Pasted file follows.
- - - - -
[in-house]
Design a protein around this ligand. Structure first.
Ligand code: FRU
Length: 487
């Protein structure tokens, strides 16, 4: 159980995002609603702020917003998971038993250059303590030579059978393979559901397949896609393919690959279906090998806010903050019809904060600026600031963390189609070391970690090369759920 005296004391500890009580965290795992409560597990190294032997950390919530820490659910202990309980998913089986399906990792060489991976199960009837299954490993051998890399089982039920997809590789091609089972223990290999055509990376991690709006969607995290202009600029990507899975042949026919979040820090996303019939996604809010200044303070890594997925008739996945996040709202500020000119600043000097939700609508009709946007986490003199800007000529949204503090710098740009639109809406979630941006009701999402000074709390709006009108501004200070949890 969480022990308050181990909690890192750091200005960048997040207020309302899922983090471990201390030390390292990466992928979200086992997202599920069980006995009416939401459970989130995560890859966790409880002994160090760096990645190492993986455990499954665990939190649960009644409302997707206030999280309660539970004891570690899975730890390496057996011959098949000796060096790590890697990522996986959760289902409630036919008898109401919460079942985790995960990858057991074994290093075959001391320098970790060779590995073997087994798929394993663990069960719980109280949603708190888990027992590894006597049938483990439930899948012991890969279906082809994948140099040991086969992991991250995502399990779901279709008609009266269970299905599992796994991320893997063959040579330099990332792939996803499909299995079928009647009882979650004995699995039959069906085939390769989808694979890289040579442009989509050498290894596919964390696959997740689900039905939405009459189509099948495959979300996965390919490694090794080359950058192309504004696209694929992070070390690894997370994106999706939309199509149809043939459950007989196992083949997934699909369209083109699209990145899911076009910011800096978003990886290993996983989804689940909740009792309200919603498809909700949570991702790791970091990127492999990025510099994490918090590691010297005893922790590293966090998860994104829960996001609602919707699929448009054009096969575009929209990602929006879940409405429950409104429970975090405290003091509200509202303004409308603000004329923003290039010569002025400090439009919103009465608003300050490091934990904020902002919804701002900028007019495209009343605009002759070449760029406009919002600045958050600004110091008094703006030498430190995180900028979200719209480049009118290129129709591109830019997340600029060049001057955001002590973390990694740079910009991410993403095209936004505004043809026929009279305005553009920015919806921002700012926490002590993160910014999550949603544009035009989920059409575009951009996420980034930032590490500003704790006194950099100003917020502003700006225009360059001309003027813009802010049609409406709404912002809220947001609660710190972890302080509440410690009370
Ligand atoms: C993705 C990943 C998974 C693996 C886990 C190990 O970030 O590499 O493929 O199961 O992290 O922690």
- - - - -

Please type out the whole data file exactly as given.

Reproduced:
[in-house]
Design a protein around this ligand. Structure first.
Ligand code: FRU
Length: 487
């Protein structure tokens, strides 16, 4: 159980995002609603702020917003998971038993250059303590030579059978393979559901397949896609393919690959279906090998806010903050019809904060600026600031963390189609070391970690090369759920 005296004391500890009580965290795992409560597990190294032997950390919530820490659910202990309980998913089986399906990792060489991976199960009837299954490993051998890399089982039920997809590789091609089972223990290999055509990376991690709006969607995290202009600029990507899975042949026919979040820090996303019939996604809010200044303070890594997925008739996945996040709202500020000119600043000097939700609508009709946007986490003199800007000529949204503090710098740009639109809406979630941006009701999402000074709390709006009108501004200070949890 969480022990308050181990909690890192750091200005960048997040207020309302899922983090471990201390030390390292990466992928979200086992997202599920069980006995009416939401459970989130995560890859966790409880002994160090760096990645190492993986455990499954665990939190649960009644409302997707206030999280309660539970004891570690899975730890390496057996011959098949000796060096790590890697990522996986959760289902409630036919008898109401919460079942985790995960990858057991074994290093075959001391320098970790060779590995073997087994798929394993663990069960719980109280949603708190888990027992590894006597049938483990439930899948012991890969279906082809994948140099040991086969992991991250995502399990779901279709008609009266269970299905599992796994991320893997063959040579330099990332792939996803499909299995079928009647009882979650004995699995039959069906085939390769989808694979890289040579442009989509050498290894596919964390696959997740689900039905939405009459189509099948495959979300996965390919490694090794080359950058192309504004696209694929992070070390690894997370994106999706939309199509149809043939459950007989196992083949997934699909369209083109699209990145899911076009910011800096978003990886290993996983989804689940909740009792309200919603498809909700949570991702790791970091990127492999990025510099994490918090590691010297005893922790590293966090998860994104829960996001609602919707699929448009054009096969575009929209990602929006879940409405429950409104429970975090405290003091509200509202303004409308603000004329923003290039010569002025400090439009919103009465608003300050490091934990904020902002919804701002900028007019495209009343605009002759070449760029406009919002600045958050600004110091008094703006030498430190995180900028979200719209480049009118290129129709591109830019997340600029060049001057955001002590973390990694740079910009991410993403095209936004505004043809026929009279305005553009920015919806921002700012926490002590993160910014999550949603544009035009989920059409575009951009996420980034930032590490500003704790006194950099100003917020502003700006225009360059001309003027813009802010049609409406709404912002809220947001609660710190972890302080509440410690009370
Ligand atoms: C993705 C990943 C998974 C693996 C886990 C190990 O970030 O590499 O493929 O199961 O992290 O922690």